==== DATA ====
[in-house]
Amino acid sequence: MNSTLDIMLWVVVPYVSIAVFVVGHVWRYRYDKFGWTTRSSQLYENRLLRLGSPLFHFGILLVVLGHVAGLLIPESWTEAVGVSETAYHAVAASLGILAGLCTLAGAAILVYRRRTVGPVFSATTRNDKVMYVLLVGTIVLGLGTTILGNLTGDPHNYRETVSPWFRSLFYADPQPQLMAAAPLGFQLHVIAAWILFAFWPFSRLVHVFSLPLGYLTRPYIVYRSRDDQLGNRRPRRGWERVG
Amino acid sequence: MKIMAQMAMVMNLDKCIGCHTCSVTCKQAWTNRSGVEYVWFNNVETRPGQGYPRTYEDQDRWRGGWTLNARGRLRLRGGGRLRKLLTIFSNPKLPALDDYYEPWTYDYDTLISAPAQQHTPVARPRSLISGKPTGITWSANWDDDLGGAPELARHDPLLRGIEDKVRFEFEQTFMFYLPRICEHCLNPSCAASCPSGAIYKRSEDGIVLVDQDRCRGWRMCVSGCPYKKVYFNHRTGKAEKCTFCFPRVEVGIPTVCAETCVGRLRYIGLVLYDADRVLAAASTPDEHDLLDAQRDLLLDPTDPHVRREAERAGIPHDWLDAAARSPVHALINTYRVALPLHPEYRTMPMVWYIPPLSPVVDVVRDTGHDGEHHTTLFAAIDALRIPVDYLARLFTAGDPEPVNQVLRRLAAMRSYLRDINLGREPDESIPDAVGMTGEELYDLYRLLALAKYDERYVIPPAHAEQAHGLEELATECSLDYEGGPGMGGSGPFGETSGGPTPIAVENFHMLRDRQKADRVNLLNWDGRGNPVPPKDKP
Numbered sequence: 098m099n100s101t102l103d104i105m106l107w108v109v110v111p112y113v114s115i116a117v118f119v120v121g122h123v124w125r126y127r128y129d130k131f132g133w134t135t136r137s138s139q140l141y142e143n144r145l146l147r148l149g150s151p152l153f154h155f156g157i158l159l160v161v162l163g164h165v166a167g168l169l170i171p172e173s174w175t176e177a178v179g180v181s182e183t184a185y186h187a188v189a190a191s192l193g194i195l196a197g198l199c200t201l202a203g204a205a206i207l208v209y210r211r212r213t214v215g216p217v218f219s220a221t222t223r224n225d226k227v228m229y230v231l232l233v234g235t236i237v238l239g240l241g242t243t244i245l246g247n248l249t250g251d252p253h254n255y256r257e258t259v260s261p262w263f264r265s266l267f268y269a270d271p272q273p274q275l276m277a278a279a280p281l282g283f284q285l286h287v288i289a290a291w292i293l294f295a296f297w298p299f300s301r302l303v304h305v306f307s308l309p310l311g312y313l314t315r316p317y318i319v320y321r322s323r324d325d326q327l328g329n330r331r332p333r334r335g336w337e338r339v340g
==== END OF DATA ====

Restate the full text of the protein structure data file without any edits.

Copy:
[in-house]
Amino acid sequence: MNSTLDIMLWVVVPYVSIAVFVVGHVWRYRYDKFGWTTRSSQLYENRLLRLGSPLFHFGILLVVLGHVAGLLIPESWTEAVGVSETAYHAVAASLGILAGLCTLAGAAILVYRRRTVGPVFSATTRNDKVMYVLLVGTIVLGLGTTILGNLTGDPHNYRETVSPWFRSLFYADPQPQLMAAAPLGFQLHVIAAWILFAFWPFSRLVHVFSLPLGYLTRPYIVYRSRDDQLGNRRPRRGWERVG
Amino acid sequence: MKIMAQMAMVMNLDKCIGCHTCSVTCKQAWTNRSGVEYVWFNNVETRPGQGYPRTYEDQDRWRGGWTLNARGRLRLRGGGRLRKLLTIFSNPKLPALDDYYEPWTYDYDTLISAPAQQHTPVARPRSLISGKPTGITWSANWDDDLGGAPELARHDPLLRGIEDKVRFEFEQTFMFYLPRICEHCLNPSCAASCPSGAIYKRSEDGIVLVDQDRCRGWRMCVSGCPYKKVYFNHRTGKAEKCTFCFPRVEVGIPTVCAETCVGRLRYIGLVLYDADRVLAAASTPDEHDLLDAQRDLLLDPTDPHVRREAERAGIPHDWLDAAARSPVHALINTYRVALPLHPEYRTMPMVWYIPPLSPVVDVVRDTGHDGEHHTTLFAAIDALRIPVDYLARLFTAGDPEPVNQVLRRLAAMRSYLRDINLGREPDESIPDAVGMTGEELYDLYRLLALAKYDERYVIPPAHAEQAHGLEELATECSLDYEGGPGMGGSGPFGETSGGPTPIAVENFHMLRDRQKADRVNLLNWDGRGNPVPPKDKP
Numbered sequence: 098m099n100s101t102l103d104i105m106l107w108v109v110v111p112y113v114s115i116a117v118f119v120v121g122h123v124w125r126y127r128y129d130k131f132g133w134t135t136r137s138s139q140l141y142e143n144r145l146l147r148l149g150s151p152l153f154h155f156g157i158l159l160v161v162l163g164h165v166a167g168l169l170i171p172e173s174w175t176e177a178v179g180v181s182e183t184a185y186h187a188v189a190a191s192l193g194i195l196a197g198l199c200t201l202a203g204a205a206i207l208v209y210r211r212r213t214v215g216p217v218f219s220a221t222t223r224n225d226k227v228m229y230v231l232l233v234g235t236i237v238l239g240l241g242t243t244i245l246g247n248l249t250g251d252p253h254n255y256r257e258t259v260s261p262w263f264r265s266l267f268y269a270d271p272q273p274q275l276m277a278a279a280p281l282g283f284q285l286h287v288i289a290a291w292i293l294f295a296f297w298p299f300s301r302l303v304h305v306f307s308l309p310l311g312y313l314t315r316p317y318i319v320y321r322s323r324d325d326q327l328g329n330r331r332p333r334r335g336w337e338r339v340g